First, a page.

WON’T BE ENOUGH
Translated by Thomas Cooper
I would look you in the eye, but perhaps I won’t be enough,
a thousand sounds bellow, bore between us,
and not just the music, your pupils are cold,
shameful joy, that with you all day.
Shameful joy, that with you all day
I would be, like one can only be when one is alone,
and I would listen to your heart through your chest,
running my eyes over the squealing rose.
Running my eyes over the squealing rose,
the pores, I would scour fear from you,
rub desire under your skin in an embrace,
break my mouth on the glass of the shower.
Break my mouth on the glass of the shower,
while I lean on you, embrace your legs,
but the air runs out, as you are cleansed,
and with me, memory becomes rigid around you.
With me, memory becomes rigid around you,
from every kind and wearied motion.
Cures tried, best forgotten,
they open spaces to be filled.
They open spaces to be filled
in a woman if love has found a place inside her.
Therapies that worked, with misleading descriptions,
for what has worked in you is inoperable.
What has worked in you is inoperable
from me, like the first dream in a waking beast,
life in dozing man. For a moment
every bearer is an impression that can be removed.
Every bearer is an impression that can be removed
in existence, how many dear words fell aside, next to us,
unnoticed. In the meantime the smallest fears
were etched in. The wrinkled columns of our own forest.
The wrinkled columns of our own forest were etched in
underneath the skin, in front of the face, behind the voice
and eyes. Will these gazes survive my aging?
You read aloud, and your glasses gently tip to one side.
You read aloud, and your glasses gently tip to one side,
when you notice the first gray hair on my head
in your lap, for you cannot go gray with just anyone,
and finally I look you in the eye, but perhaps I won’t be enough.
Daniel Ferman: Lea
As if you had never had a face.
You turn away, throw yourself against the wall.
I know if you had been programed to move
You would be pulling down your red blouse,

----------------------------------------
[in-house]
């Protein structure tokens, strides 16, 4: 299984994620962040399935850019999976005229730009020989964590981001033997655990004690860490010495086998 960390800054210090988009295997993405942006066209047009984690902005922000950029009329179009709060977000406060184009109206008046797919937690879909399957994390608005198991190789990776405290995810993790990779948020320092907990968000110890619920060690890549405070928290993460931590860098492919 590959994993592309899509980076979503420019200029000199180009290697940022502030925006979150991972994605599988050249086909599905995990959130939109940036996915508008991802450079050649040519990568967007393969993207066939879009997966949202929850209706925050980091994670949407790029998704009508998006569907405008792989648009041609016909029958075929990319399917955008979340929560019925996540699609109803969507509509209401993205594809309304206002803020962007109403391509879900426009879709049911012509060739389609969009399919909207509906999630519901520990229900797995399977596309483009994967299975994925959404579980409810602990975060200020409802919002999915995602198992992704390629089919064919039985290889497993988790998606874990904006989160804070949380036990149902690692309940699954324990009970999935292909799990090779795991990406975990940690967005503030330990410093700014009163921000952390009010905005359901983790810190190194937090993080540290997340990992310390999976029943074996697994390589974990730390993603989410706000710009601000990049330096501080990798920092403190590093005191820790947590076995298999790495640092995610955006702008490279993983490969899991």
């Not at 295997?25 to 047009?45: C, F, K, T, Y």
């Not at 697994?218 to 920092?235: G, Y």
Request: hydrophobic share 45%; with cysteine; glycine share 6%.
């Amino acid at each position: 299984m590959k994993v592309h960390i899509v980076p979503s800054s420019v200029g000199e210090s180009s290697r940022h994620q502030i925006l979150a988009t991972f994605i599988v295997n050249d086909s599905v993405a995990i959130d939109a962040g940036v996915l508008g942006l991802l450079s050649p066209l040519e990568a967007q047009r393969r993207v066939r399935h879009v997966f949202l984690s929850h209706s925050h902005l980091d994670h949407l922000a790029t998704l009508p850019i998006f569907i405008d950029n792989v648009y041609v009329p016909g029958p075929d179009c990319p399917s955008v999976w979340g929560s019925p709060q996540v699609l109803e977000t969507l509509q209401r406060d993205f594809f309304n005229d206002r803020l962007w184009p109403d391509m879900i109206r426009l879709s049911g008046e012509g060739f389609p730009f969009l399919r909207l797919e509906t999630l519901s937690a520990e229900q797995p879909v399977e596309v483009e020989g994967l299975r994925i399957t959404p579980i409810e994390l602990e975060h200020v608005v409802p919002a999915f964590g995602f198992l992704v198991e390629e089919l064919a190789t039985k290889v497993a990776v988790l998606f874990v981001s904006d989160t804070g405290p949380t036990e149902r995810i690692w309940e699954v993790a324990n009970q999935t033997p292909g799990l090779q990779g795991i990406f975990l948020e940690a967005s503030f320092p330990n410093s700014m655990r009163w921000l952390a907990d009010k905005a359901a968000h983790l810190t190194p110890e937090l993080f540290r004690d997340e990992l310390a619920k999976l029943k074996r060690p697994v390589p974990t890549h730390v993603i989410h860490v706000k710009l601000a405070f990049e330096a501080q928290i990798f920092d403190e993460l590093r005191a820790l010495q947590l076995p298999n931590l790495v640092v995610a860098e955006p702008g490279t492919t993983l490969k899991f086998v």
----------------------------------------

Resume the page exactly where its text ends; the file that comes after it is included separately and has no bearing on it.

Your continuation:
But you’ve been standing like this for months,
Your hair, ironed straight as an arrow, cannot be disheveled.
Untouchable, like the pieces resembling body parts,
pieces out of which you were assembled.
Your arms cannot rotate at the shoulder, your legs
cannot bend at the knee, nor your torso at the hip,
and the insensibility of the rigid gesture cannot be translated.
The gesture that pushes its way between us, like
your existence between disassembly and assembly.
A blouse pulled tight over your head, your arm propped
against the wall. You could be an unfamiliar woman
from the underpass, a blue-stocking brought home
from the library, a one-night stand explained
by alcohol, or my true love before first sight,
who undresses, removes her materials without eye contact.
But you could even be what they really meant you to be:
a statue, with a wig and feelings bundled into
the stump of a head. A doll on which they forgot to set up
the face. A submissive window-display babe,
wrapped in tops, hose, and miniskirts
waiting to be peeled off. You’re a toy accoutrement,
which someday will be on display in the main square.
You’ll throw yourself against the wall of the church,
so that the faithful can watch you before the service.
How you just lean against the crumbling wall,
with your concave back, pulling down your red blouse,
faded with artificial light, for a time beyond reckoning.
And the ultramarine of your skirt
promising redemption at the wailing wall,
until they carry you away for good.
IN YOUR DIFFERENCE
in your travels,
in your home,
in your room,
in your church,
in your village,
in your strolls,
in your forest,
in your garden,
in your breath
in your loneliness,
in your desires
where there is no room
for a stranger